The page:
I'm noticing that a LOT of our conversations lately deal with 'false discoveries', for lack of a better name. I'm having trouble parsing WHY and WHEN a discovery is false, or WHEN the falseness shades over into fraud.
Example 1: Many conversations among young nerd types are about 'discovering' bits and pieces in various game structures. These bits and pieces were obviously placed there for the sole purpose of being hard to discover. The conversations don't seem to account for the intentional
Example 2: The callers on money-talk radio are constantly 'discovering' new ways to manipulate ETF products. A caller will describe his method of doing a put on a call on a future on an ETF. These schemers don't seem to realize that the ETF is not a real object or even a real stock based on a company's earnings. The ETF is simply a number that is intentionally manipulated to profit from the people who buy and sell and put and option and call and future and long and short it. The ETF is no different from a rigged roulette wheel.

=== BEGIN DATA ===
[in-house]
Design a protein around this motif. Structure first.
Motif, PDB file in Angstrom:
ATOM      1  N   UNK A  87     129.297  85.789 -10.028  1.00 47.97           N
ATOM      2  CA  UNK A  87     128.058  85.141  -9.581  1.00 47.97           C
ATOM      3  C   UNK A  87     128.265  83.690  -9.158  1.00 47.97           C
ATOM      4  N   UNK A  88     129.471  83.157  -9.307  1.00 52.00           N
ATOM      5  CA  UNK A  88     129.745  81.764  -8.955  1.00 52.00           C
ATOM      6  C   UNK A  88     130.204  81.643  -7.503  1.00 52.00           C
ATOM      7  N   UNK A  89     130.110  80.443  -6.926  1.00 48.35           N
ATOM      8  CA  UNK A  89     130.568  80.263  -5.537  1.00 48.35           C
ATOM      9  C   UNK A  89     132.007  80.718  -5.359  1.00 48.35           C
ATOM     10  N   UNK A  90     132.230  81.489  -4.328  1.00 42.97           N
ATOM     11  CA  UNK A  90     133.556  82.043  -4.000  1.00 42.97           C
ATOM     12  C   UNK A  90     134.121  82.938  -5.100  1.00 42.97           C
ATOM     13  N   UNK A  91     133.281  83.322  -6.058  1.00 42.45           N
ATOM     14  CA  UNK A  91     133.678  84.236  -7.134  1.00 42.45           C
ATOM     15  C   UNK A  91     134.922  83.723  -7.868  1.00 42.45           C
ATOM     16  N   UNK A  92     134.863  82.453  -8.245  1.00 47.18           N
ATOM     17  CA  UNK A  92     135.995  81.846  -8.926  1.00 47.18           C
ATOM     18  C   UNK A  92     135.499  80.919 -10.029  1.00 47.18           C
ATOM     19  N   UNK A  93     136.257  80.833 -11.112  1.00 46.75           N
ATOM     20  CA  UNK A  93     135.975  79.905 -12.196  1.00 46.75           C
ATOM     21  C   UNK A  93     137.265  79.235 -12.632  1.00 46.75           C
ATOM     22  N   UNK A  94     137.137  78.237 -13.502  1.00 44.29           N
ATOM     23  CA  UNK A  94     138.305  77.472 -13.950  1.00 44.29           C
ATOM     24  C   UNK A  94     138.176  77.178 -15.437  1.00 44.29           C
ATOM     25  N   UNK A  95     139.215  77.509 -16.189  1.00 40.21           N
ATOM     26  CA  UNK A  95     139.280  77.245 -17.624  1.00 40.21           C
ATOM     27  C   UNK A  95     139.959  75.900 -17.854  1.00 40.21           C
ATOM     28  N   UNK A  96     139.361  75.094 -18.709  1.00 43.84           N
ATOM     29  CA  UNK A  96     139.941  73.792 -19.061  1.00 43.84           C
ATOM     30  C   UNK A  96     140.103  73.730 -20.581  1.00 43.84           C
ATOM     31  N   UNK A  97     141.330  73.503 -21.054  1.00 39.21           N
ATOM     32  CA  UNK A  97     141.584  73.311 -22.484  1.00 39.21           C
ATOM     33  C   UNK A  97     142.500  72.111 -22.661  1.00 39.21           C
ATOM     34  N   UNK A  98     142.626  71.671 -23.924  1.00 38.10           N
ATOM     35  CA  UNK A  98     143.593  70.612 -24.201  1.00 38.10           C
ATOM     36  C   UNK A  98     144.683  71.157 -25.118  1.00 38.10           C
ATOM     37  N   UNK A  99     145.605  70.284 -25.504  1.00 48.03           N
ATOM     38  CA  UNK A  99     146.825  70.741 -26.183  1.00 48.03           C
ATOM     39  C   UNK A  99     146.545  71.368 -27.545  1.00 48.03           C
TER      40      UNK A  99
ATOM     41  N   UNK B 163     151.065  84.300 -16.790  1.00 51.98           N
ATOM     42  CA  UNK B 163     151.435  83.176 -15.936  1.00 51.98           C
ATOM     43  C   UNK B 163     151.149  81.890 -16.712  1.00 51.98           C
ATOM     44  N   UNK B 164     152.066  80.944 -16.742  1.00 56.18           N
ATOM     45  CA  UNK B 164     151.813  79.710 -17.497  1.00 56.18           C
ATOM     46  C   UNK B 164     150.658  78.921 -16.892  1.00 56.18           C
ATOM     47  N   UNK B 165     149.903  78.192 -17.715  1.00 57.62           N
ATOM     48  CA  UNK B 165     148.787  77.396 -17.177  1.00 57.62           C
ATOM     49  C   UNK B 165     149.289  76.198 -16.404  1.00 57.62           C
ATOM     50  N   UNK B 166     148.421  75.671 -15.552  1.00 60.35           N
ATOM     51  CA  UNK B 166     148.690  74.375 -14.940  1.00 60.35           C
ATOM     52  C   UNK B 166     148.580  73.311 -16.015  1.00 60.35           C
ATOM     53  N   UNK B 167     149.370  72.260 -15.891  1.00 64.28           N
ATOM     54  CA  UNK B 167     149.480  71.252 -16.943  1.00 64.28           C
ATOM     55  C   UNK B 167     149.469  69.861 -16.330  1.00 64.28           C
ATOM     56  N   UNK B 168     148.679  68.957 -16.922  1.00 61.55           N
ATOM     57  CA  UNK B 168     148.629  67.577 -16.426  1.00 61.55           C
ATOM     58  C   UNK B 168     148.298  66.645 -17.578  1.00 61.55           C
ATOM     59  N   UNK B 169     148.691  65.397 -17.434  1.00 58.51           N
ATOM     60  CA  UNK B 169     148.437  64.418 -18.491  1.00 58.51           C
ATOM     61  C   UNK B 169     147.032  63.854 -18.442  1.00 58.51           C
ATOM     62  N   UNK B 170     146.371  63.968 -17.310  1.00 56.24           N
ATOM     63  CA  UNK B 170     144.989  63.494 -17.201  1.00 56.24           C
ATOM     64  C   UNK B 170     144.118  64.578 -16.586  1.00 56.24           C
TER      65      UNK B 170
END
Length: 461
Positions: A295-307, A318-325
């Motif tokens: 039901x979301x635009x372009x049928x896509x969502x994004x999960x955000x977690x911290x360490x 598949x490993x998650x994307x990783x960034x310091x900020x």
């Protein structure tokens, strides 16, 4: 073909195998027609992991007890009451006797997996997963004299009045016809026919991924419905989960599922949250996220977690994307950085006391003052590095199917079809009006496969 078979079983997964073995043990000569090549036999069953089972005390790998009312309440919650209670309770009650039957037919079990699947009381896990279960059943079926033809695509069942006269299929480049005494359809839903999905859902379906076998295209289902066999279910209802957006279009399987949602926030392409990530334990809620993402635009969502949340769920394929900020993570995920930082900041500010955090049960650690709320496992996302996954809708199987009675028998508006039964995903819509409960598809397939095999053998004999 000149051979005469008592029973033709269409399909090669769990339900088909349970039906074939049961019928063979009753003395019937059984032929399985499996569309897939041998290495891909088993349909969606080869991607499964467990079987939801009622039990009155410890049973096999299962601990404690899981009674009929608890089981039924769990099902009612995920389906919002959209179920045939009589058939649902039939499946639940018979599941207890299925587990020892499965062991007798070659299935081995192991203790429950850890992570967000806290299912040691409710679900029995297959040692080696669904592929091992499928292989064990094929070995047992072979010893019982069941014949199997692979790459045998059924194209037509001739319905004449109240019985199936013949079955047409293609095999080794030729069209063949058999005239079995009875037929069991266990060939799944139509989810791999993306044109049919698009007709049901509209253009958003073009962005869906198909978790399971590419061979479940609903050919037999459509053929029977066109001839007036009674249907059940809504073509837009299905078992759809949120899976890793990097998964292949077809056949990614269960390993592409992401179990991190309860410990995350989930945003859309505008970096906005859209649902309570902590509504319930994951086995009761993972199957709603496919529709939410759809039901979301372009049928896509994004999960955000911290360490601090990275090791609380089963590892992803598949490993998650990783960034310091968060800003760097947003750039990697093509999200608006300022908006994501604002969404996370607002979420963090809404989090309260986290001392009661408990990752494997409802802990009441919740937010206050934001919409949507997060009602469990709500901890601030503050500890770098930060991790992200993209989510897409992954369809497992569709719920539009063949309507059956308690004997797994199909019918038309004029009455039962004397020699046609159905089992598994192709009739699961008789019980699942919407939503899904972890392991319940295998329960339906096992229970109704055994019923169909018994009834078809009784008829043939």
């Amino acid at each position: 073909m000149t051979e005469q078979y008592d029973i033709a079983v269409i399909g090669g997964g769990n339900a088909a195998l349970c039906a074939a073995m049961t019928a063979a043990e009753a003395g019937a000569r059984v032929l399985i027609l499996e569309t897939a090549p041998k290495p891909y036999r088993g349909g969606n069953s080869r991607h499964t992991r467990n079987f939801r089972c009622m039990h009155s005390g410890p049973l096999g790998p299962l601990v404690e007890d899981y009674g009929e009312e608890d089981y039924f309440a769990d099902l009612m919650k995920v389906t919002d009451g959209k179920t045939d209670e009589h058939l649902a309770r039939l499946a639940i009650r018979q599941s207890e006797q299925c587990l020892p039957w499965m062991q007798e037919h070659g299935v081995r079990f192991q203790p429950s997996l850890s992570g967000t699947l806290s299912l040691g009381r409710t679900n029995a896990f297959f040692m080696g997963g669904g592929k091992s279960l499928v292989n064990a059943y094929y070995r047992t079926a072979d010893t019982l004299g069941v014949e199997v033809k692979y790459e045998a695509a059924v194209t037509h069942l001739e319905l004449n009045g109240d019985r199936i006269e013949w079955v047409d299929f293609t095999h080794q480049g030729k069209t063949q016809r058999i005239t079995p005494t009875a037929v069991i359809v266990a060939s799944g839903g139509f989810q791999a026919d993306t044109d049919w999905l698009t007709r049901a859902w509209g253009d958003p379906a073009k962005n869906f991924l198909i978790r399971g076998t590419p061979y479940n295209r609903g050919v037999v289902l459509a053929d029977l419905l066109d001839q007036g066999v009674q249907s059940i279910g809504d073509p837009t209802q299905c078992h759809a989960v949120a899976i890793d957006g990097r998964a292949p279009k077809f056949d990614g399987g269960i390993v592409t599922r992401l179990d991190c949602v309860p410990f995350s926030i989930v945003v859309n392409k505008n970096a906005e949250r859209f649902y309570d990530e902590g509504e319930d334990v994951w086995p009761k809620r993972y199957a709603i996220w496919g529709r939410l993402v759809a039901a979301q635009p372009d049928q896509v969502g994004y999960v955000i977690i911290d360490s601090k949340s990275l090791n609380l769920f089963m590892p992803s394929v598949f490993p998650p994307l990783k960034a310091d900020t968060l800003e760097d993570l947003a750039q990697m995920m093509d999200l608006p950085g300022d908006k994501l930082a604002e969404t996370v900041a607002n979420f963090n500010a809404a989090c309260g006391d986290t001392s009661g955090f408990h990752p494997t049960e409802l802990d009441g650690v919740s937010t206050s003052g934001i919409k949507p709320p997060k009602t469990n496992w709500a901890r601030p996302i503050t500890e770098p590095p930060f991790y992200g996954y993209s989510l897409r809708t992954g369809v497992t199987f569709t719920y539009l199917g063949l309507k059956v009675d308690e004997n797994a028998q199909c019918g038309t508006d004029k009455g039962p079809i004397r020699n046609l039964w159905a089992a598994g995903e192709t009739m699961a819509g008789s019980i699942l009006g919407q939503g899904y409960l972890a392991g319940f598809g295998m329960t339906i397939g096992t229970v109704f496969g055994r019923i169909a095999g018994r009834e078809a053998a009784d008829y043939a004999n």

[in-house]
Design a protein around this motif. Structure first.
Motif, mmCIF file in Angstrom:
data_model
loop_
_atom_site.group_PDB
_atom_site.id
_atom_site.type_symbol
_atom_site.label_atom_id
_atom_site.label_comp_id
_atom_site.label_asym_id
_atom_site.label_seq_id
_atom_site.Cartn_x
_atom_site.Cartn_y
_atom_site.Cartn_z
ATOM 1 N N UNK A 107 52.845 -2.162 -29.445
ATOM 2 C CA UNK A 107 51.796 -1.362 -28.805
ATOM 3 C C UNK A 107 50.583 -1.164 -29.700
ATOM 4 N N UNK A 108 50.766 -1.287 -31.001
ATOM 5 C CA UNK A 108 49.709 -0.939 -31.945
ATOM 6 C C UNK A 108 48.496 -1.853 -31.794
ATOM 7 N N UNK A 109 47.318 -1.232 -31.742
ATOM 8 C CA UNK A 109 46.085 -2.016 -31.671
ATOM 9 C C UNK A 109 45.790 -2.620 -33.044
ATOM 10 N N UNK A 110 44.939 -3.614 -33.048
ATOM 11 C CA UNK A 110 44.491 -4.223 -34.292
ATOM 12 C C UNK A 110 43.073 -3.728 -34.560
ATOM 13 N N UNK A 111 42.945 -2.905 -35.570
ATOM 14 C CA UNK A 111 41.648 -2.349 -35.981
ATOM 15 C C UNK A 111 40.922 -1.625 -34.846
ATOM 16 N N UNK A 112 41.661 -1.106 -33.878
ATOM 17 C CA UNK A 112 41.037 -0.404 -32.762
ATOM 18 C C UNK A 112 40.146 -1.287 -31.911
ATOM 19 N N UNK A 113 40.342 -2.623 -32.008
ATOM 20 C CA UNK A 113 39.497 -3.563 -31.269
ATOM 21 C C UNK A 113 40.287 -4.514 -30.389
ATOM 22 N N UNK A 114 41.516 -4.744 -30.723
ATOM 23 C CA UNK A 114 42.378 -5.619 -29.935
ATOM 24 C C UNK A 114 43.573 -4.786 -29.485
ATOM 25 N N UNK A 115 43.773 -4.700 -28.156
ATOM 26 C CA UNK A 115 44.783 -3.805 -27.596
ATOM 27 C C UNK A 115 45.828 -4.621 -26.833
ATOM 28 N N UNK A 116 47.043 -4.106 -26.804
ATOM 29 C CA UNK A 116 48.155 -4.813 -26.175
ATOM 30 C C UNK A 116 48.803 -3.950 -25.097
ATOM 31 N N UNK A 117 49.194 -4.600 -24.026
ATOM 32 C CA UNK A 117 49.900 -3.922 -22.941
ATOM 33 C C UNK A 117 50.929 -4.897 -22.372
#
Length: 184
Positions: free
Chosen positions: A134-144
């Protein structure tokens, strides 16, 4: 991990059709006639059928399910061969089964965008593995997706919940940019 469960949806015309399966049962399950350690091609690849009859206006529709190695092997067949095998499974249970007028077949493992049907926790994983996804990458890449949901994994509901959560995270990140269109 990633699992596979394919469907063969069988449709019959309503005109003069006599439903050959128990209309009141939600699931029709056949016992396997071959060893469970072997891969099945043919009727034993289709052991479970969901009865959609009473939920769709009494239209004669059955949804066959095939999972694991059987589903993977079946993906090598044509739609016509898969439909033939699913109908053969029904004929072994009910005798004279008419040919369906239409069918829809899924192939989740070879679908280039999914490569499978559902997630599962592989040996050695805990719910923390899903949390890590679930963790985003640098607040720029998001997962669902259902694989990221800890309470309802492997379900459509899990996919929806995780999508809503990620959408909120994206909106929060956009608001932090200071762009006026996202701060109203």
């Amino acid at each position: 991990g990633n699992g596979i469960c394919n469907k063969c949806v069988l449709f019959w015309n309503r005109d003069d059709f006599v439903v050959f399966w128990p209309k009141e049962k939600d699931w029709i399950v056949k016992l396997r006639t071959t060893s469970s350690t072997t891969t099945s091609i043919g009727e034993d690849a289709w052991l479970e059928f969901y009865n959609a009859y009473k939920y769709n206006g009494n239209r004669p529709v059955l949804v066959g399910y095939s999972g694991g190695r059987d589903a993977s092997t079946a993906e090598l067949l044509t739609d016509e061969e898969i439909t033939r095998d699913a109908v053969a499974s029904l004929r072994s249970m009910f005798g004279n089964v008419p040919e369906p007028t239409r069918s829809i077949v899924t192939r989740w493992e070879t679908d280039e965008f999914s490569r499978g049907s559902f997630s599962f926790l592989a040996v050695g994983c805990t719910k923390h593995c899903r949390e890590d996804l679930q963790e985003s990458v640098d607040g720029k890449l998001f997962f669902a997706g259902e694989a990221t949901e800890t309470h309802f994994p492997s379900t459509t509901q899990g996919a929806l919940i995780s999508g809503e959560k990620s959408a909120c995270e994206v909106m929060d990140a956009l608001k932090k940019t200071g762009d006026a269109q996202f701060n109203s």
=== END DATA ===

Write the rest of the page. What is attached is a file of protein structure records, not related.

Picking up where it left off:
I'm inclined to place these two examples in opposite categories, but I can't quite pin it down.
Closest approach to valid thought:
Easter eggs in games belong to a long tradition among artists and authors. Creators often include hidden codes or steganographic images, sometimes for pure joy, sometimes for empathetic joy when imagining the viewer's pleasure. When I 'build' a Poser model, I add moving parts or internal features that aren't immediately obvious. I don't care if anyone ever finds the part; I got my jollies from making it, and that's enough.
I've added order to the universe.
The ETF is not produced with
joy or for
joy. It is painstakingly designed to withstand all permissible combinations of puts and futures and whatnot. No matter how you twist and turn the knobs, the house always wins.
I think that's the difference, but I'm not convinced yet.
Labels: Asked and sort of answered